*already*broken the law merely by describing the algorithm - that "the way to produce the smallest illegal integer from the next smallest number is simply to add 1"?)

So asking for one less than an illegal number is no good. Certainly publishing

*that number*with the description ("just add one") is illegal. But if I publish a number and an algorithm for producing an illegal number from it in two different places, I believe I have still broken the law (they don't have to be in the same location, surely, or the law would be trivially circumvented). Given I've

*already posted*an algorithm for producing an illegal number from one less than it, it seems that posting

*one less than the smallest illegal number*anywhere must in turn be illegal.

No doubt you've noticed the problem already.

By that reasoning,

*one less than*that number must also be illegal.

Assuming we restrict our search to the non-negative integers, I believe I can therefore assert that the smallest illegal number I can publish to my blog is zero.

Oops - and just I made the mistake of publishing it to my blog.

Numbers. Every digit of every number. They're all illegal.

_{If this blog disappears suddenly, I've probably been got by the goons at the RIAA. }
I think the induction argument applies to the algorithm as well. That is, you'd have to post 0 somewhere and then also post an algorithm for reaching the smallest illegal number from 0. So far you've only posted "keep adding one until the RIAA knocks down your door". Could take awhile.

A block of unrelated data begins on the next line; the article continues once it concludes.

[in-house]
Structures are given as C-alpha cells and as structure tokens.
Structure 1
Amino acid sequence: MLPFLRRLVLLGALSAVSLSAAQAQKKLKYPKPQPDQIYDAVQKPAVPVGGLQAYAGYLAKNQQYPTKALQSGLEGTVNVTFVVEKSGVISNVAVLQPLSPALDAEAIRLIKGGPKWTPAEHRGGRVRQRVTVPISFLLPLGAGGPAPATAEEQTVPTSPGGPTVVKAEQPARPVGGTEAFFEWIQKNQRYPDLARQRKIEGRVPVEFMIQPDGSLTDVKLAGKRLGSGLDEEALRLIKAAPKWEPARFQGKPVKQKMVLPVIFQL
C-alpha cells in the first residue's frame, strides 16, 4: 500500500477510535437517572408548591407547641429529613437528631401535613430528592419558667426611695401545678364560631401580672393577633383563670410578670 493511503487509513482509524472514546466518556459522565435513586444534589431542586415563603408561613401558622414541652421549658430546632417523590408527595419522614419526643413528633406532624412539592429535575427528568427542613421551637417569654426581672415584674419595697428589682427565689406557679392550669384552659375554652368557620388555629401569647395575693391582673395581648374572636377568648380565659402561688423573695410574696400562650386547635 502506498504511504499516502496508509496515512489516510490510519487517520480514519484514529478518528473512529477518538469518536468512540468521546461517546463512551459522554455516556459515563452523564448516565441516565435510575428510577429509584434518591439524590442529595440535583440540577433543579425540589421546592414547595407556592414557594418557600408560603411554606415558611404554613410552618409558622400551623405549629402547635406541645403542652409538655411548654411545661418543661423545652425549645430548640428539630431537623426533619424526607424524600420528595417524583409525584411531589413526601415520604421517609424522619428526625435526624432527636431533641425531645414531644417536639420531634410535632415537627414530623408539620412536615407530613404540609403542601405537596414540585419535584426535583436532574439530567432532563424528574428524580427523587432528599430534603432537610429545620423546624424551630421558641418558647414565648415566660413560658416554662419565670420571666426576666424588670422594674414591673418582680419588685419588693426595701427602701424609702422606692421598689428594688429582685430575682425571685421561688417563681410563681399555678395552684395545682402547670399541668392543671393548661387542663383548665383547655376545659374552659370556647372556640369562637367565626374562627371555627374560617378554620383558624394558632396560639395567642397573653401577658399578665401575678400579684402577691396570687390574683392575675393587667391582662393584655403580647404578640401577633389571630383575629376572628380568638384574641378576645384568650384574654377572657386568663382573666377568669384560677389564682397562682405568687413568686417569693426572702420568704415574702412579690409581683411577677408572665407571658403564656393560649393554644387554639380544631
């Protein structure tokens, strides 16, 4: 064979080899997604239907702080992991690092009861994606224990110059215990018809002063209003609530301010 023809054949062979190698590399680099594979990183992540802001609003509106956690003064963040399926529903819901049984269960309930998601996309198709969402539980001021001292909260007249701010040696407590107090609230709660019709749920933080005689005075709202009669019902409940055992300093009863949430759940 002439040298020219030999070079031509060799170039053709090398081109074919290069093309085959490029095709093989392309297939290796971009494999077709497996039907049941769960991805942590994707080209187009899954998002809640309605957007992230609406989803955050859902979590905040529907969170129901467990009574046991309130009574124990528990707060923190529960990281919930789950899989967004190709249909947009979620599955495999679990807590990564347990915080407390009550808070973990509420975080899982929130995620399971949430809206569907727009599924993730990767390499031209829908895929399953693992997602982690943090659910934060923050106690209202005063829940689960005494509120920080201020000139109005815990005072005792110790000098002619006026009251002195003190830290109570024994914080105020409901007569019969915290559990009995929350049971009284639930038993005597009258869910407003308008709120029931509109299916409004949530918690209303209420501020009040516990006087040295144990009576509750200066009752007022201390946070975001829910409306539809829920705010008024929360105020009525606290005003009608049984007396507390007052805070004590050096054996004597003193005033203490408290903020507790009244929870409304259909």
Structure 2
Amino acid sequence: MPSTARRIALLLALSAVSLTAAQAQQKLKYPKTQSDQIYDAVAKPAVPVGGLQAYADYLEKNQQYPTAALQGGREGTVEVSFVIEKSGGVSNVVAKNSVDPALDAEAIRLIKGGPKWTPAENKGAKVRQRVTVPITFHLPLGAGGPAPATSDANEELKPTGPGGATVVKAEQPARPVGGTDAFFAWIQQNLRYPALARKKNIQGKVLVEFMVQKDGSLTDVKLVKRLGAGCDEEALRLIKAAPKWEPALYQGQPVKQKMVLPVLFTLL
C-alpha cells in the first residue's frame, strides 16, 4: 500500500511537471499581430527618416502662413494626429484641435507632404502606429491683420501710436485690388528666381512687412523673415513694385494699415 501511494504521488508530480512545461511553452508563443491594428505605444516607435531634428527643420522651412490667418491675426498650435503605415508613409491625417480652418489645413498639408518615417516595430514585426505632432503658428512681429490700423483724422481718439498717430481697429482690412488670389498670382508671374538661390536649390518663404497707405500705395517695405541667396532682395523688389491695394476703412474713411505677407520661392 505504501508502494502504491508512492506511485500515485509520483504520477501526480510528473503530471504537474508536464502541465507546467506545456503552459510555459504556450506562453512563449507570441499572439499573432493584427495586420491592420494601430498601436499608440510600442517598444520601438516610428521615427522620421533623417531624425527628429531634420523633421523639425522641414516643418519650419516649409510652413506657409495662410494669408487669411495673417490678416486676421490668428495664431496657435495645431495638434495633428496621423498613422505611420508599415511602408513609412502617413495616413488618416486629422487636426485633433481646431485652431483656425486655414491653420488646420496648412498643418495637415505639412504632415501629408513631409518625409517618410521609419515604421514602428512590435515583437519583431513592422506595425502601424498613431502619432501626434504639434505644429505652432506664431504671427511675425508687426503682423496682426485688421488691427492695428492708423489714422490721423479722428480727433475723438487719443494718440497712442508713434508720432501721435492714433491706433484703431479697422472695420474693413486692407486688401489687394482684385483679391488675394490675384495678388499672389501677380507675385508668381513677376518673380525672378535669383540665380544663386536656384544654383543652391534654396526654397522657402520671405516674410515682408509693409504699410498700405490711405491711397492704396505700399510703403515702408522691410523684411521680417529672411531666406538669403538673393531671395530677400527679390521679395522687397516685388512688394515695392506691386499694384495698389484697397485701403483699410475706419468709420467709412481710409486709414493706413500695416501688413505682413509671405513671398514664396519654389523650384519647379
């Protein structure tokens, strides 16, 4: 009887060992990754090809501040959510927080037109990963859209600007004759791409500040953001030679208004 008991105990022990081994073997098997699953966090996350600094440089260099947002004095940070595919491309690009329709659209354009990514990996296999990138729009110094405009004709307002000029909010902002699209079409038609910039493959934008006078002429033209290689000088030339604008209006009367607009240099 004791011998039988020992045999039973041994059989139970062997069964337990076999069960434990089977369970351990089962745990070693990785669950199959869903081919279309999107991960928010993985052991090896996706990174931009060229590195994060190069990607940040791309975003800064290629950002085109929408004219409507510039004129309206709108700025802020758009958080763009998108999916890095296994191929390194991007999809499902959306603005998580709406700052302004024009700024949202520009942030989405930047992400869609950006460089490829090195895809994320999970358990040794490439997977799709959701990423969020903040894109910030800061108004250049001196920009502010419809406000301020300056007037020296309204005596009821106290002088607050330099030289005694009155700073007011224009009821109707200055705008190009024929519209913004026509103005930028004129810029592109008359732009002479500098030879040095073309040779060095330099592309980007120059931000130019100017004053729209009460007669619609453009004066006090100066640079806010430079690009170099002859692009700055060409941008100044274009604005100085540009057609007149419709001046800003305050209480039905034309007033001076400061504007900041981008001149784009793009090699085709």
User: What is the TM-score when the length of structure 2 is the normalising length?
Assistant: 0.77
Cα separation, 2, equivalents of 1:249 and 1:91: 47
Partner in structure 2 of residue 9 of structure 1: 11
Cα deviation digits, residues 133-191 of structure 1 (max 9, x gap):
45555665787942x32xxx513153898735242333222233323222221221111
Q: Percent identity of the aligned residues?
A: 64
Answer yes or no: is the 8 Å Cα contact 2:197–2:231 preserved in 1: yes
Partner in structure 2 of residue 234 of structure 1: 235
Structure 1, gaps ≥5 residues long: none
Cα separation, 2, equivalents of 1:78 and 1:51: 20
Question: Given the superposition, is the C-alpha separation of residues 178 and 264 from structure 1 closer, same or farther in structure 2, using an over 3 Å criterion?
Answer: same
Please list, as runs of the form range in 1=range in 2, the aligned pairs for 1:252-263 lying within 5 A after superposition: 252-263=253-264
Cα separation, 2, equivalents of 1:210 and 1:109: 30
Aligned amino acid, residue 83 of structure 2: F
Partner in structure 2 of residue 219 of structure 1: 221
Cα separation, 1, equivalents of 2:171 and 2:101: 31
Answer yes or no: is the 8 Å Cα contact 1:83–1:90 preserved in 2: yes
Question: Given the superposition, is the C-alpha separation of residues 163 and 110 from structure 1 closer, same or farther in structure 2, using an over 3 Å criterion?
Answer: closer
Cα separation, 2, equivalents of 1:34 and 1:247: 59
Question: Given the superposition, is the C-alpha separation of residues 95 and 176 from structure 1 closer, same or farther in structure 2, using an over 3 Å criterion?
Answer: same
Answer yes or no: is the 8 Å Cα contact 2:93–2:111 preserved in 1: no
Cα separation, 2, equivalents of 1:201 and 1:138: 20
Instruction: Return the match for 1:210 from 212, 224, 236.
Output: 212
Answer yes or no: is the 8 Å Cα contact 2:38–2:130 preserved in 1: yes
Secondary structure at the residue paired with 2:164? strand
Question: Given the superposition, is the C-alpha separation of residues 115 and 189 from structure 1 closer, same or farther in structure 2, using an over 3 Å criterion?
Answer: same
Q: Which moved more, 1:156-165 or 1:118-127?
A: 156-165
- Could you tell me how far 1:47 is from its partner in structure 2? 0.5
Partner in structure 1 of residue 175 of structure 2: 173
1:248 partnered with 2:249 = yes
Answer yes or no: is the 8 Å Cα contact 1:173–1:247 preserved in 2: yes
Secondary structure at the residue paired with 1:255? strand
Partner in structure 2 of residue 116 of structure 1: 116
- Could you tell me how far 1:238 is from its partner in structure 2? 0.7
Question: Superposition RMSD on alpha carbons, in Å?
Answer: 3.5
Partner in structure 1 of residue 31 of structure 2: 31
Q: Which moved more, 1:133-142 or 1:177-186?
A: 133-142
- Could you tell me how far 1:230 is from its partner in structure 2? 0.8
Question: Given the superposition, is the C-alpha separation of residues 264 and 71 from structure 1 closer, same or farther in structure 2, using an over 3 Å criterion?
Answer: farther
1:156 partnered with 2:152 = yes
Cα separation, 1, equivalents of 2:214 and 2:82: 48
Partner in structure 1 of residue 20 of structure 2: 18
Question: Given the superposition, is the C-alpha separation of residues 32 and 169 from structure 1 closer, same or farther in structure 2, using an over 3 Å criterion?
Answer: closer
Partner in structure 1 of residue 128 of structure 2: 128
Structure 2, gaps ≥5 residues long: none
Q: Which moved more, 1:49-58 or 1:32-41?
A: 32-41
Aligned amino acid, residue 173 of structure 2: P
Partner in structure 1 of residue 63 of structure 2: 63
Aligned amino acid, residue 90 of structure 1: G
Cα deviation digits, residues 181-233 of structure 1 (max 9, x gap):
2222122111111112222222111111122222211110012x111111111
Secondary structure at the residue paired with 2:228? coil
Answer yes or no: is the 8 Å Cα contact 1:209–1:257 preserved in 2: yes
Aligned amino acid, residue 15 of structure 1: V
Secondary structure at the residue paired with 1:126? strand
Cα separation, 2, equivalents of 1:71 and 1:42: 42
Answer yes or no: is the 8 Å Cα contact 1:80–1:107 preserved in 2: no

ReplyDeleteActually, your proof draws a somewhat incorrect conclusion. The conclusion *isn't* that all numbers are illegal, merely that illegal numbers are incomputable. The proof is a direct analogue of Berry's paradox, or the proof of the incomputability of Kolmogorov Complexity. (KC)

ReplyDeleteThis of course leads to the following definition of illegal number:

An illegal number is a number of sufficient length which encodes proprietary information and whose KC to size ratio is sufficiently small. In other words, compressible numbers which "mean" something.

Even so, one could always take a One-Time Pad as an encryption key, either on the industry side, or the pirating side - thereby essentially transferring random bits; then the original number must be under copyright, and all of its encryptions under the OTP-scheme. Therefore, all sufficiently large numbers are illegal.

I suppose the way to reason around this is as follows: A number is associatively illegal if, under a known and sufficiently widespread, *bijective* compression and/or encryption function, it is the image of an illegal number.

It follows that all numbers are either illegal or associatively illegal; however to prove wrongdoing, one would have to prove that the person used an associatively illegal number in conjunction with a specific compressor/encryptor to represent a specific illegal number; which I think is what we want.

Some of what is being said is a little above my head, but it's good for me. Amazing coincidence: Just today I told my intro to algebra students that I had read all finite sequences of digits appear in pi. We had fun looking up a fake phone number on a pi website. They were amazed to hear that this all implies that the complete works of Shakespeare (using a=1, b=2,...) must appear.

ReplyDeleteYou didn't put any profile information, but I surmise from the time stamp that you are in Eastern Australia. Am I right?

ReplyDeleteYes, Peter, I am.

ReplyDelete